Minotaur I Booster Launches Secretive NROL-111 Payload from Wallops

With a fierce staccato crackle that is characteristic of solid-fueled vehicles, the Minotaur I roars away from Pad 0B at the Mid-Atlantic Regional Spaceport (MARS) on Wallops Island, Va., at 9:35 a.m. EDT Tuesday. Photo Credit: Elliot Severn / AmericaSpace.com

Eleven months to the day since its most recent launch, a Northrop Grumman Corp. Minotaur-class booster took flight from Pad 0B at the Mid-Atlantic Regional Spaceport (MARS) on Wallops Island, Va., early Tuesday. Liftoff of the four-stage solid-fueled vehicle—making its first outing in its Minotaur I configuration since November 2013—took place at precisely 9:35 a.m. EDT to lift the highly secretive NROL-111 payload to orbit on behalf of the National Reconnaissance Office. The launch was delayed for more than 2.5 hours, on account of thunderstorms and highly dynamic lightning cells in the vicinity of the Wallops facility.

Video Credit: AmericaSpace

Descended from the Minuteman-II Intercontinental Ballistic Missile (ICBM), the Minotaur I booster stands 63 feet (19.2 meters) tall and, including today’s perfect launch, has now completed 12 successful missions since January 2000. It has the potential to inject payloads weighing up to 1,280 pounds (580 kg) into low-Earth orbit and up to 730 pounds (330 kg) into Sun-synchronous orbit, thus positioning it squarely within the bracket of “small expendable launch vehicles”.

Six of its missions, between January 2000 and February 2011, originated from Space Launch Complex (SLC)-8 at what is now Vandenberg Space Force Base, Calif., with six others between December 2006 and this morning having been staged from the pretty seaside environs of Pad 0B at MARS.

Standing 63 feet (19.2 meters) tall, the Minotaur I was making its first flight in almost eight years. Photo Credit: NASA

Over the course of the last two decades and across its 12 flights, the Minotaur I has delivered a range of small military payloads into orbit for purposes ranging from reconnaissance and infrared missile-plume observations to automated rendezvous and proximity operations and from evaluations of advanced imaging and communications technologies to meteorology, climatology, “space weather” monitoring and bacterial research.

Significantly, it has a proven track record in furnishing near-term solutions to military requirements, successfully lofting December 2006’s TacSat-2 mission only seven months after the contract award and demonstrating an ability to progress from Payload Mate to Launch in under six days.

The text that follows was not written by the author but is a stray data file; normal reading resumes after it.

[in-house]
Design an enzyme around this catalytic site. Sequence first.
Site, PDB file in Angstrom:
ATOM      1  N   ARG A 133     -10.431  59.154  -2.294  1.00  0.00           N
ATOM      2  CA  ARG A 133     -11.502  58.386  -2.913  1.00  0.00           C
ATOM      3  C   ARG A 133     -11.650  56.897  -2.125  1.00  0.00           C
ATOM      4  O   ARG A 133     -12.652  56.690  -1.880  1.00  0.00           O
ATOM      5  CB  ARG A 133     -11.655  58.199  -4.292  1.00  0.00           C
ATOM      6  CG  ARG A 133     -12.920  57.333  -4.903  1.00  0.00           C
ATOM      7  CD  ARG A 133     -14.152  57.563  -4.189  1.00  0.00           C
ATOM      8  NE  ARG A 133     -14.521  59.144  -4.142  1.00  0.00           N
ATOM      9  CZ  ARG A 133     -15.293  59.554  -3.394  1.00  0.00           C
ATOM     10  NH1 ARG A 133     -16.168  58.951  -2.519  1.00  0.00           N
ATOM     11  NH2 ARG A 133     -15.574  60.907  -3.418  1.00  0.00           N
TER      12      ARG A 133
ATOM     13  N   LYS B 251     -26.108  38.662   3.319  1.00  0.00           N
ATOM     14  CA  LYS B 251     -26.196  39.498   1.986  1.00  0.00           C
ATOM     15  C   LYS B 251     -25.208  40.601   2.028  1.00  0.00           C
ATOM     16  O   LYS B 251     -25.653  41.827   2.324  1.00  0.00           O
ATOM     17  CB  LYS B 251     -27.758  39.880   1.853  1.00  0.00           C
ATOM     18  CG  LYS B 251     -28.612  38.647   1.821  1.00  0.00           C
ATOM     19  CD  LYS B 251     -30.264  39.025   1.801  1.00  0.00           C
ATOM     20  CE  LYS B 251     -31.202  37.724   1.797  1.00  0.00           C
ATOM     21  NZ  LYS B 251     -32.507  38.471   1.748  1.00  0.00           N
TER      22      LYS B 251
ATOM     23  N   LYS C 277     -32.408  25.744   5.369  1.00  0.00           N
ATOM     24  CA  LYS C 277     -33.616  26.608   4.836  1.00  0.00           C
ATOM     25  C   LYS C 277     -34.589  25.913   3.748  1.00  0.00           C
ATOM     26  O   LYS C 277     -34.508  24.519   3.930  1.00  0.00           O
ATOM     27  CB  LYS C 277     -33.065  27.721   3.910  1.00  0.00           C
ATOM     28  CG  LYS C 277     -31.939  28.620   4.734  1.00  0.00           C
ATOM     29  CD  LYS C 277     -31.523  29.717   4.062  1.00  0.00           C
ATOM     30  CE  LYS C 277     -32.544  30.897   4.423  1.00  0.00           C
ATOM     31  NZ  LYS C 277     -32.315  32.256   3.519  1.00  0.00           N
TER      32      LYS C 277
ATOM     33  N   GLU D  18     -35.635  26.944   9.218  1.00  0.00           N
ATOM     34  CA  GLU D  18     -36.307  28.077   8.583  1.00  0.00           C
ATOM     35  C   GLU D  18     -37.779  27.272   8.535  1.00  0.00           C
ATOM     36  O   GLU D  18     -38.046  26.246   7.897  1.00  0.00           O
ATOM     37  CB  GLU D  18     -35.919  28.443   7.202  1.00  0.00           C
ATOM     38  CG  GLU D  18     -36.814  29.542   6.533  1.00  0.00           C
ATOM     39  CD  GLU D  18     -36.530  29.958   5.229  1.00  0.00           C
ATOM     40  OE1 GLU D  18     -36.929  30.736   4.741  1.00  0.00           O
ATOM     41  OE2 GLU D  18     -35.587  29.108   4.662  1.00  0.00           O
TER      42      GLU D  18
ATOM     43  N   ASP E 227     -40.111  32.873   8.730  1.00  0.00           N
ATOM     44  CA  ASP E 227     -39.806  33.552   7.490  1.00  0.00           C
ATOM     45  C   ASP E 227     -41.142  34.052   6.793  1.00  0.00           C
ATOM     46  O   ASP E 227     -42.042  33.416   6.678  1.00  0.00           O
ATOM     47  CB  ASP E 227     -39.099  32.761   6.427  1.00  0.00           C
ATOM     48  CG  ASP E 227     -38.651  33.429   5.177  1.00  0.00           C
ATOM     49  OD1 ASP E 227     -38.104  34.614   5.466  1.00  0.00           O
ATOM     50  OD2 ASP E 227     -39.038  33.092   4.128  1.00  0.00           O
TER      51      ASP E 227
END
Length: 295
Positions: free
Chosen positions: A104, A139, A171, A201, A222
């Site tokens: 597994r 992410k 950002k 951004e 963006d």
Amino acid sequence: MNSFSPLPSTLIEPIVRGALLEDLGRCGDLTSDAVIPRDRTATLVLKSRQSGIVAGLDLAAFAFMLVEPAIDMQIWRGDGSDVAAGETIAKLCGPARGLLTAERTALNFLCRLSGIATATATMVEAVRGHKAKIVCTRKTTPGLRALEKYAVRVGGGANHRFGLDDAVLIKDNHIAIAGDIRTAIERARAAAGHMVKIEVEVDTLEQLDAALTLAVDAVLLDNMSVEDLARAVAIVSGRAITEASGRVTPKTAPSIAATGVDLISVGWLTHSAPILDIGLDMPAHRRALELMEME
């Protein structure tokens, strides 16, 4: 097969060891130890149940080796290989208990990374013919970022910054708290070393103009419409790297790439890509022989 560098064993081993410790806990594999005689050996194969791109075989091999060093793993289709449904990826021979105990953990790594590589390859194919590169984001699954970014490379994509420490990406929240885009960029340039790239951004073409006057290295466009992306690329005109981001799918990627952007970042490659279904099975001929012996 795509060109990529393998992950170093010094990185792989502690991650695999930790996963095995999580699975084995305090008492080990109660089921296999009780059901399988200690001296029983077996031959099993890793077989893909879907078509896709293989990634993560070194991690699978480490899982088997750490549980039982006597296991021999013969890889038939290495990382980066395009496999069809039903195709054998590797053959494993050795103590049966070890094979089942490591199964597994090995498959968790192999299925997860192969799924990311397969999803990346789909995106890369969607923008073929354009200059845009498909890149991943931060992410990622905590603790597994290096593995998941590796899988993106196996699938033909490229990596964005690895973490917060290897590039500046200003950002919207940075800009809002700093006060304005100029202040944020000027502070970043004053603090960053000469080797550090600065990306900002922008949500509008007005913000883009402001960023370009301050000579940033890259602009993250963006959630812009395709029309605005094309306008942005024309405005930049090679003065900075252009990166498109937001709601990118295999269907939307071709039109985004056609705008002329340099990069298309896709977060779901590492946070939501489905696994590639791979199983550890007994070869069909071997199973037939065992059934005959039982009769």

Originally targeted to fly at 7 a.m. EDT Tuesday, thunderstorms and lightning cells pushed T-0 to near the end of the launch window. Photo Credit: NASA Wallops

Contracts to launch NROL-111 were awarded to Orbital ATK Inc. by the U.S. Air Force’s Rocket Systems Launch Program (RSLP), part of the Launch Enterprise Directorate at the Space and Missile Systems Center (SMC) at Los Angeles Air Force Base, Calif., way back in December 2016. Orbital ATK was subsequently acquired by Northrop Grumman Corp. in June 2018. The launch services contract totaled $29.2 million and initially called for the NROL-111 payload to be flown “no later than 24 months” after the award.

It represented the first award under the Orbital/Suborbital Program (OSP)-3 Lane 1 capability, which provides for the insertion of payloads weighing between 400 pounds (180 kg) and 4,000 pounds (1,800 kg) into low-Earth orbit, together with other long-range suborbital missions.

Tuesday’s launch came exactly 11 months to the day since this Minotaur IV booster lifted the NROL-129 payload to orbit for the National Reconnaissance Office on 15 July 2020. Video Credit: AmericaSpace

“Continued reliability of space vehicle delivery methods and affordable access to space for the National Reconnaissance Office is an essential forefront for space superiority,” said Lt. Gen. Samuel Greaves, who was until March 2017 the SMC commander and the Air Force’s program executive officer for space at Los Angeles Air Force Base.

“Utilizing the capability of the OSP-3 contract Lane 1 capability immediately benefits our Department of Defense mission partners. The OSP-3 capability also holds great potential for SMC to provide assured access to space for future DoD missions.”

Minotaur I schematic. Image Credit: Northrop Grumman Corp.

Hopes of launching NROL-111 before the end of 2018, in keeping with the 24-month requirement, ultimately came to nothing and the mission slipped firstly until late 2019, then to late 2020 and ultimately into the summer of 2021. No details about the cause of these lengthy delays have been revealed.

Just last month, the NRO announced 15 June as its targeted launch date, with a five-hour “window” running from 6:30 a.m. through 11:30 a.m. EDT. Last week, that expansive timeframe was further narrowed to produce an estimated T-0 at 7 a.m. EDT.

The first Minotaur I vehicle to fly a dedicated National Reconnaissance Office (NRO) primary payload in more than a decade stands proud on Pad 0B at the Mid-Atlantic Regional Spaceport (MARS) on Wallops Island, Va. Photo Credit: NASA